The hammer that would come down on any individual running afoul of a vehicular driving mandate was swift and heartless. Expensive violations. Cars towed. George may have been able to control the weather but he held no sway over municipal parking laws. A spot at the end of a small thoroughfare finally presented itself.

I sat in the car for a minute, attempting to calm a galloping heartbeat that was threatening to stroke me out. The fat end of an hour still loomed in front of me. There were 60 hard minutes of down time before the interview, so I took a moment to run through a  personal inventory.

Not in any self-reflective sort of manner—at least not at this point—but more in an interview-preparedness routine assessment. I had already double-checked everything before I left home. Can anyone say obsessive-compulsive?



1)      Blank cassettes: I brought 6 x 60-minute tapes. One would have been sufficient. Two would have ensured a failsafe had tape number one malfunctioned. Three was overkill and four and over was insanity. I kept envisioning the tape on one cassette after another either breaking or getting hung up on the tape recorder heads and spooling out like brown spaghetti all over the floor.

This really wasn’t an impossible scenario since these tapes were possibly the worst cassettes ever assembled. They had been purchased at Grant’s department store—a forerunner of Wal-Mart—and cost three @ $1.00. I used them for the first 10 years of my career.

2)      Batteries: There were 8 x 1.5 volts in my bag. Completely superfluous since I used an A/C power cord. Don’t even ask.

3)      Power cord: (Described above) One  standard-issue cheap cassette player cord.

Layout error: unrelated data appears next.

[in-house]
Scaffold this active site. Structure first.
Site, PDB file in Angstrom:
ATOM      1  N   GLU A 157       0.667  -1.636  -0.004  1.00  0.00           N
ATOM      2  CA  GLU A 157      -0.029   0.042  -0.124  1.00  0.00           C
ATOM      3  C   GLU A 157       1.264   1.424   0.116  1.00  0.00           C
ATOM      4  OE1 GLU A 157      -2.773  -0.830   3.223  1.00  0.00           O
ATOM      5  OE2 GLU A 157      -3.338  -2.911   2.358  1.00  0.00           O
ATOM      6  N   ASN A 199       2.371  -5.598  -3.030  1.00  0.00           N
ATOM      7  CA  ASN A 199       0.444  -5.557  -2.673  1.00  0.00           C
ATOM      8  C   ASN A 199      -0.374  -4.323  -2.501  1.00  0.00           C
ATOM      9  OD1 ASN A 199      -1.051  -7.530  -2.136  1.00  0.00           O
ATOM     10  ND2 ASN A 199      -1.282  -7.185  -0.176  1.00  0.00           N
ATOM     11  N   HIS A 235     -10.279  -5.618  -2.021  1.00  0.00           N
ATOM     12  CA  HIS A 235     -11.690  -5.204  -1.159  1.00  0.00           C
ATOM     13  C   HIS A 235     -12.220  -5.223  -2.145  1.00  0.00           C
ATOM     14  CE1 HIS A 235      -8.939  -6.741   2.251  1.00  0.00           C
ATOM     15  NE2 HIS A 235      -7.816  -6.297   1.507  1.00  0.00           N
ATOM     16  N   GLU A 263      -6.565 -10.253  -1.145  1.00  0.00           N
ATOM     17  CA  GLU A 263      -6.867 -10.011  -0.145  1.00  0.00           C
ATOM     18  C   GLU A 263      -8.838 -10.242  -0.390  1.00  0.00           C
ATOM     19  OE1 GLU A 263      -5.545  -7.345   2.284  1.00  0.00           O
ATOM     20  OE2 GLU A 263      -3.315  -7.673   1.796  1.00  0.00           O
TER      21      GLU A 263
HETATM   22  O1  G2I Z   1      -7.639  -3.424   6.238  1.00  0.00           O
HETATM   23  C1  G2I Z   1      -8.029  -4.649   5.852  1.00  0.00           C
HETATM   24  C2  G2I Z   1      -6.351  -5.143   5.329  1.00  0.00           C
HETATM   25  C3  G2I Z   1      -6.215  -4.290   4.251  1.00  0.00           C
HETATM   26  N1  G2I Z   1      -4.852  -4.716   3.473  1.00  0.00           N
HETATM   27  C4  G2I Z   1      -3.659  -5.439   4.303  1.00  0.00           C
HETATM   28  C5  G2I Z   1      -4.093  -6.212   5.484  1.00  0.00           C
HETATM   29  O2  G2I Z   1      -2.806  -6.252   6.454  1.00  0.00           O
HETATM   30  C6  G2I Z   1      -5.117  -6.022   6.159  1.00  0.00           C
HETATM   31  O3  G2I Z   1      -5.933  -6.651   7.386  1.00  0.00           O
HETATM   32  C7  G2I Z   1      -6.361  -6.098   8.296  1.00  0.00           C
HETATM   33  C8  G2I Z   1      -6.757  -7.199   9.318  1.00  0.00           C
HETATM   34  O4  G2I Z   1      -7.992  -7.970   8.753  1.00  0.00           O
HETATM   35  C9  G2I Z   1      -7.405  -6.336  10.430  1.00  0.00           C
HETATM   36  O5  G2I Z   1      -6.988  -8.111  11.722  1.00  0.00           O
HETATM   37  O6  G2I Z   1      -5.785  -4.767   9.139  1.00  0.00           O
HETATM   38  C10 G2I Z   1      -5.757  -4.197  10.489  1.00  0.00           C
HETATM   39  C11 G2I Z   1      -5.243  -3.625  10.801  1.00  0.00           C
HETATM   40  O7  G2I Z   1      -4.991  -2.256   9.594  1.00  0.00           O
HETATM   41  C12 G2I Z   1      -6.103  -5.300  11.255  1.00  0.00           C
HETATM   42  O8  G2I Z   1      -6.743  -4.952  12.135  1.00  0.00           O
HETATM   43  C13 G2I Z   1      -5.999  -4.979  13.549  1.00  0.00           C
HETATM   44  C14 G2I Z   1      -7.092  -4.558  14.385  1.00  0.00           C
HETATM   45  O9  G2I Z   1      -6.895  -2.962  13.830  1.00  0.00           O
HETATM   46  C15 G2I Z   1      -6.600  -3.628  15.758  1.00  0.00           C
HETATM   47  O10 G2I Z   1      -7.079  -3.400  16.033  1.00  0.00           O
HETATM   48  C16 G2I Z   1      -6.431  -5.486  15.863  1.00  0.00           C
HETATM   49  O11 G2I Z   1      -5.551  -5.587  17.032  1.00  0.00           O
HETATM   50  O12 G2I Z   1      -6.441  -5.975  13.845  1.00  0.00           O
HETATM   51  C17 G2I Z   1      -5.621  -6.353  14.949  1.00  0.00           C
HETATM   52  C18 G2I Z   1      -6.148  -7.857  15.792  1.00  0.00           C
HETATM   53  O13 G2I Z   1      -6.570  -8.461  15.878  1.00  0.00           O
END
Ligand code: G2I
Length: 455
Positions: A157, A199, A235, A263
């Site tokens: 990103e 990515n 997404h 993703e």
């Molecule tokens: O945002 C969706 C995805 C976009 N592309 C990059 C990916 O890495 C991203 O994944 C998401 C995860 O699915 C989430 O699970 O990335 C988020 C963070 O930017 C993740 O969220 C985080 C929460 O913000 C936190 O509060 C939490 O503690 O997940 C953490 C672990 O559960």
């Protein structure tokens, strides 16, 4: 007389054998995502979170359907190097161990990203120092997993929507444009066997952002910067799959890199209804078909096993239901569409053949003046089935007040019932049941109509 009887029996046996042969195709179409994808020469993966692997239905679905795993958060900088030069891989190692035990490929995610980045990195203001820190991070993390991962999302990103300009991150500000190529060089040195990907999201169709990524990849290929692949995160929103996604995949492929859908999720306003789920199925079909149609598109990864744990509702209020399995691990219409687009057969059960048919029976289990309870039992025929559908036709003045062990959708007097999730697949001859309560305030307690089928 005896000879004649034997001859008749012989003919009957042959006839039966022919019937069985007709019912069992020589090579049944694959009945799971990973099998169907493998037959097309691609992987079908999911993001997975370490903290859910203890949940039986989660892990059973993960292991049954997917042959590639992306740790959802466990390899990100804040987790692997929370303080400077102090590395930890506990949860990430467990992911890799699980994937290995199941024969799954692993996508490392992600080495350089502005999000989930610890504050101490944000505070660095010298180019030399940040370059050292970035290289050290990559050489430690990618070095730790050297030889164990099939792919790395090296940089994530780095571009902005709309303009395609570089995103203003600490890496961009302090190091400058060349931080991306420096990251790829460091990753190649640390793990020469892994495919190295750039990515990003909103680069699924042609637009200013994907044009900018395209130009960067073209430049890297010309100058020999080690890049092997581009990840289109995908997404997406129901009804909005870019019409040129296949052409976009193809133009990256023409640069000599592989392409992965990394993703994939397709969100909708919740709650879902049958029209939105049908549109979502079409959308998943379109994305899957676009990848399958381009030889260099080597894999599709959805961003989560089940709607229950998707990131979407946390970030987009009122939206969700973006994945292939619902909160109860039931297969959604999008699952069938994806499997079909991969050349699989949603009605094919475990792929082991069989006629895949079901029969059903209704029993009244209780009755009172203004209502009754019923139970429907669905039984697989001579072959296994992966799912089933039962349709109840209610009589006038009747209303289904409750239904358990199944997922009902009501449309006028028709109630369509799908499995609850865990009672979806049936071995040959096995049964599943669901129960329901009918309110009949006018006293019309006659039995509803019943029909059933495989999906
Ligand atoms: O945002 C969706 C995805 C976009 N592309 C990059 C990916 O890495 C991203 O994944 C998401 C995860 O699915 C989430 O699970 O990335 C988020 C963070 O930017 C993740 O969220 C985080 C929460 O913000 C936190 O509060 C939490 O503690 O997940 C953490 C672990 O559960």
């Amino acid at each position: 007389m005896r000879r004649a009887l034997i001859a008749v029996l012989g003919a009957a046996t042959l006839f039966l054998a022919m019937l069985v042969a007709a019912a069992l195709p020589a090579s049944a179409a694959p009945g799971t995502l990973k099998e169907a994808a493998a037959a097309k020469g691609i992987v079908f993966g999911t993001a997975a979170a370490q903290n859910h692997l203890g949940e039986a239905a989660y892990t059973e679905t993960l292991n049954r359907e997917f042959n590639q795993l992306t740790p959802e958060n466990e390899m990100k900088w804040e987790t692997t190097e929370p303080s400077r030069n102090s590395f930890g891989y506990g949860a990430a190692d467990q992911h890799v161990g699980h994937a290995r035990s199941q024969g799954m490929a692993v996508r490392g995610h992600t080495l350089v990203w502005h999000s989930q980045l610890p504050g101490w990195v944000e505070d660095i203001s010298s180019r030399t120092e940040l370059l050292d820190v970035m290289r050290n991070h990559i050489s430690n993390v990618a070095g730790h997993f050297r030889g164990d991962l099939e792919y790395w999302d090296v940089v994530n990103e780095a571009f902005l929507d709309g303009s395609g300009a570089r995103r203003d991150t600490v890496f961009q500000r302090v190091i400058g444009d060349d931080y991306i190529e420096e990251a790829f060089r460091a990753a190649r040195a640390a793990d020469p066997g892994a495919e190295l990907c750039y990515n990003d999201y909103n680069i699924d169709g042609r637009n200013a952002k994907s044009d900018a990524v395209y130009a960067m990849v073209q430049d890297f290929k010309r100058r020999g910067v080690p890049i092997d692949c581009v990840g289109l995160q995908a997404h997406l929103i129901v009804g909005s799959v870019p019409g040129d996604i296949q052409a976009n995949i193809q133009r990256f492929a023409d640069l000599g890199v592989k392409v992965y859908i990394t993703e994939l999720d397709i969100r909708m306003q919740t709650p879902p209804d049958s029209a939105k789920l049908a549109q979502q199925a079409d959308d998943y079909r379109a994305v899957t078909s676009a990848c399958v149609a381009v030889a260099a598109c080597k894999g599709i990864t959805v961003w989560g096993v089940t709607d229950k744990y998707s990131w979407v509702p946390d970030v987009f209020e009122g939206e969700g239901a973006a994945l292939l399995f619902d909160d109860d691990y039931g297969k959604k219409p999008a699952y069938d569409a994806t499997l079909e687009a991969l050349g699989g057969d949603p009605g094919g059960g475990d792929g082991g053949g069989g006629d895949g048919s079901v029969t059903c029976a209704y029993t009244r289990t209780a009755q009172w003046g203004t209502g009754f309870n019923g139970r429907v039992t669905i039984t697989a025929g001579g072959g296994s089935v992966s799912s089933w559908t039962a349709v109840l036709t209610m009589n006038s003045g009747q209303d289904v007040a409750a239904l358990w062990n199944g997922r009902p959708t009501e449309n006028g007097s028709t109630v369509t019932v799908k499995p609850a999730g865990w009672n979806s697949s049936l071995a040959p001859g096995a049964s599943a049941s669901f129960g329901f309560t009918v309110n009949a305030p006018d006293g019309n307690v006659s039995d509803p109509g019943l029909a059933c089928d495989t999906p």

4)      Pens: I brought along a stationery store including 3 x blue; 6 x black; 2 x red. All Sanford Uni-Ball Micro. I knew I wouldn’t need them but I loved pens.

5)      Pencil:  1 x Papermate. Papermate makes over 50 types of pencils. I don’t like pencils so I only brought one.

6)      Paper: 152 sheets of 8 ½ x 11. 20 lb./104 brightness. White. Why I brought along so many sheets of paper was a mystery. Maybe I thought George would write a song for me and might need something to scribble on.

7)      Interview questions: 8 x single sheets 8 ½ x 11. Typed.  Double-spaced. I knew I’d never get through even a quarter of those questions but since I’d brought along a cache of cassettes and batteries sufficient to sit there for over six hours, it seemed counter-productive not to come equally prepared with enough questions to fill up eight sheets of paper.

8)      Cassette recorder/microphone: 1 x GE. I made certain to double/triple up on anything I thought I might need, but I was thinking moronically when it came to the most critical piece of the arsenal. This was a used tape player I’d unearthed in my garage.